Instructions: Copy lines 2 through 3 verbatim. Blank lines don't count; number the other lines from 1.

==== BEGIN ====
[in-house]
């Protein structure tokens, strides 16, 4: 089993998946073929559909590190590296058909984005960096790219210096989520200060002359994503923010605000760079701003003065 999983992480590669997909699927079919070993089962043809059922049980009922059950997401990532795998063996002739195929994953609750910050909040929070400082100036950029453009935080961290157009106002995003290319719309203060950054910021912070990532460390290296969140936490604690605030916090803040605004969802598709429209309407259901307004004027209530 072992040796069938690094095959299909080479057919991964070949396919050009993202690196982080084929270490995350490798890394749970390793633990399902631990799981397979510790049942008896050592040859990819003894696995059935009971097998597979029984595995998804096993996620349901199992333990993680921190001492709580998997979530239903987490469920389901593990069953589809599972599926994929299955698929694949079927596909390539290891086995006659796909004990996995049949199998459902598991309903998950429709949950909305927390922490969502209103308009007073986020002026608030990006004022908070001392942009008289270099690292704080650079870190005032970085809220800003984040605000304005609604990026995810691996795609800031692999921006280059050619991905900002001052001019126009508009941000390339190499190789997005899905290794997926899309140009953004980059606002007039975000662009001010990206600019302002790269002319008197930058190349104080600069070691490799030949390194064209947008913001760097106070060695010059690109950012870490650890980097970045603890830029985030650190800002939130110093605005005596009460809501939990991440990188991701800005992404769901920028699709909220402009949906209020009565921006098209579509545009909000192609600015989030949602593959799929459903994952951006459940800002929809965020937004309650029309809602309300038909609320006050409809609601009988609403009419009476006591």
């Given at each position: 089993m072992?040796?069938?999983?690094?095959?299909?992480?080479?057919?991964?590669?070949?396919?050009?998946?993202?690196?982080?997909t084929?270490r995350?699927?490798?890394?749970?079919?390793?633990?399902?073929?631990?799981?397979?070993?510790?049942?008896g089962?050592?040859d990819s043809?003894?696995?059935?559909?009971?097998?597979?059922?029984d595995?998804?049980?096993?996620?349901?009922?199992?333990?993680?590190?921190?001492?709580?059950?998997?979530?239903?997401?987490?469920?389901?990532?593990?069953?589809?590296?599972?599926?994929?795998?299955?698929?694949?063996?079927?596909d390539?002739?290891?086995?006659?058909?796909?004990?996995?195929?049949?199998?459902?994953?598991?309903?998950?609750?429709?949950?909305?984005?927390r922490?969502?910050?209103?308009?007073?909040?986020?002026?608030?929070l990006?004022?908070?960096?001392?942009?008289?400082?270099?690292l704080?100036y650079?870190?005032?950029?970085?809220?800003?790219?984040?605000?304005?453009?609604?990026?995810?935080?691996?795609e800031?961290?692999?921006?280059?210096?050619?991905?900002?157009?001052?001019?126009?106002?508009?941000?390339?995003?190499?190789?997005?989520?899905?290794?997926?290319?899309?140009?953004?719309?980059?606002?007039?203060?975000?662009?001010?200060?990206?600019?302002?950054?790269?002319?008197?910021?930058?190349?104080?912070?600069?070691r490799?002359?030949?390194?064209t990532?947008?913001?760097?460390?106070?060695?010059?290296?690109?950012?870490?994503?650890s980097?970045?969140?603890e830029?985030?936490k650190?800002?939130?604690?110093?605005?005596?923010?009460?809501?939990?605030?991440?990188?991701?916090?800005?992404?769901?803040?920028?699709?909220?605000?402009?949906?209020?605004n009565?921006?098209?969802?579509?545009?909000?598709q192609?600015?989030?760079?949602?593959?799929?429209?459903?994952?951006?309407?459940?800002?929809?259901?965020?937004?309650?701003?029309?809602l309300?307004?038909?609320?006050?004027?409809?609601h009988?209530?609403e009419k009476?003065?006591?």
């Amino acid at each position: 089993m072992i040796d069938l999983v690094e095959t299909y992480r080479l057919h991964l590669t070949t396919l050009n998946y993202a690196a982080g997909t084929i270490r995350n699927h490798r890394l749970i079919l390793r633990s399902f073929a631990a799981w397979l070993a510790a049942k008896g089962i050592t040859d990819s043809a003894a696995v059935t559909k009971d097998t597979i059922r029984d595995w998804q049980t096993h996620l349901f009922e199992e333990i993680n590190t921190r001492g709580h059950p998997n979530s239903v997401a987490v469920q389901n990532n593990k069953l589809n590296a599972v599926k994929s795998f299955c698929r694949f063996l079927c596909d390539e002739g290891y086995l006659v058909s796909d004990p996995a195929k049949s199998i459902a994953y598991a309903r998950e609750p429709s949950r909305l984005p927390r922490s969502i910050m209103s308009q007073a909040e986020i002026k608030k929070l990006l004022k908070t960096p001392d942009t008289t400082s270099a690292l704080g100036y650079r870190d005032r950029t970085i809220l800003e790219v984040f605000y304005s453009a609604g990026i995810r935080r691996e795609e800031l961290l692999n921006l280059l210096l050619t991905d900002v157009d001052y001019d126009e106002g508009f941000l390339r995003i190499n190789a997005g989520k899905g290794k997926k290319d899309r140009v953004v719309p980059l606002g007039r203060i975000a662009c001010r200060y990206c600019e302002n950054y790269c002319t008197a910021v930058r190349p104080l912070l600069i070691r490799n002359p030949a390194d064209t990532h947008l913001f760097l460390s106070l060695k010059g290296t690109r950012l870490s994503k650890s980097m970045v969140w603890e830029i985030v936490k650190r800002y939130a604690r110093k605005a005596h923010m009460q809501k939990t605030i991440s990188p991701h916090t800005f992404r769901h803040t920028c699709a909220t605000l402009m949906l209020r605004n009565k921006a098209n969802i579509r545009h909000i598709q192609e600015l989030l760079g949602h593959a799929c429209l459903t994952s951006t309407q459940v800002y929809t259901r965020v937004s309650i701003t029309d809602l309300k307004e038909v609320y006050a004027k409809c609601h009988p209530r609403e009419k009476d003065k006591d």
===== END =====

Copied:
């Protein structure tokens, strides 16, 4: 089993998946073929559909590190590296058909984005960096790219210096989520200060002359994503923010605000760079701003003065 999983992480590669997909699927079919070993089962043809059922049980009922059950997401990532795998063996002739195929994953609750910050909040929070400082100036950029453009935080961290157009106002995003290319719309203060950054910021912070990532460390290296969140936490604690605030916090803040605004969802598709429209309407259901307004004027209530 072992040796069938690094095959299909080479057919991964070949396919050009993202690196982080084929270490995350490798890394749970390793633990399902631990799981397979510790049942008896050592040859990819003894696995059935009971097998597979029984595995998804096993996620349901199992333990993680921190001492709580998997979530239903987490469920389901593990069953589809599972599926994929299955698929694949079927596909390539290891086995006659796909004990996995049949199998459902598991309903998950429709949950909305927390922490969502209103308009007073986020002026608030990006004022908070001392942009008289270099690292704080650079870190005032970085809220800003984040605000304005609604990026995810691996795609800031692999921006280059050619991905900002001052001019126009508009941000390339190499190789997005899905290794997926899309140009953004980059606002007039975000662009001010990206600019302002790269002319008197930058190349104080600069070691490799030949390194064209947008913001760097106070060695010059690109950012870490650890980097970045603890830029985030650190800002939130110093605005005596009460809501939990991440990188991701800005992404769901920028699709909220402009949906209020009565921006098209579509545009909000192609600015989030949602593959799929459903994952951006459940800002929809965020937004309650029309809602309300038909609320006050409809609601009988609403009419009476006591």
């Given at each position: 089993m072992?040796?069938?999983?690094?095959?299909?992480?080479?057919?991964?590669?070949?396919?050009?998946?993202?690196?982080?997909t084929?270490r995350?699927?490798?890394?749970?079919?390793?633990?399902?073929?631990?799981?397979?070993?510790?049942?008896g089962?050592?040859d990819s043809?003894?696995?059935?559909?009971?097998?597979?059922?029984d595995?998804?049980?096993?996620?349901?009922?199992?333990?993680?590190?921190?001492?709580?059950?998997?979530?239903?997401?987490?469920?389901?990532?593990?069953?589809?590296?599972?599926?994929?795998?299955?698929?694949?063996?079927?596909d390539?002739?290891?086995?006659?058909?796909?004990?996995?195929?049949?199998?459902?994953?598991?309903?998950?609750?429709?949950?909305?984005?927390r922490?969502?910050?209103?308009?007073?909040?986020?002026?608030?929070l990006?004022?908070?960096?001392?942009?008289?400082?270099?690292l704080?100036y650079?870190?005032?950029?970085?809220?800003?790219?984040?605000?304005?453009?609604?990026?995810?935080?691996?795609e800031?961290?692999?921006?280059?210096?050619?991905?900002?157009?001052?001019?126009?106002?508009?941000?390339?995003?190499?190789?997005?989520?899905?290794?997926?290319?899309?140009?953004?719309?980059?606002?007039?203060?975000?662009?001010?200060?990206?600019?302002?950054?790269?002319?008197?910021?930058?190349?104080?912070?600069?070691r490799?002359?030949?390194?064209t990532?947008?913001?760097?460390?106070?060695?010059?290296?690109?950012?870490?994503?650890s980097?970045?969140?603890e830029?985030?936490k650190?800002?939130?604690?110093?605005?005596?923010?009460?809501?939990?605030?991440?990188?991701?916090?800005?992404?769901?803040?920028?699709?909220?605000?402009?949906?209020?605004n009565?921006?098209?969802?579509?545009?909000?598709q192609?600015?989030?760079?949602?593959?799929?429209?459903?994952?951006?309407?459940?800002?929809?259901?965020?937004?309650?701003?029309?809602l309300?307004?038909?609320?006050?004027?409809?609601h009988?209530?609403e009419k009476?003065?006591?």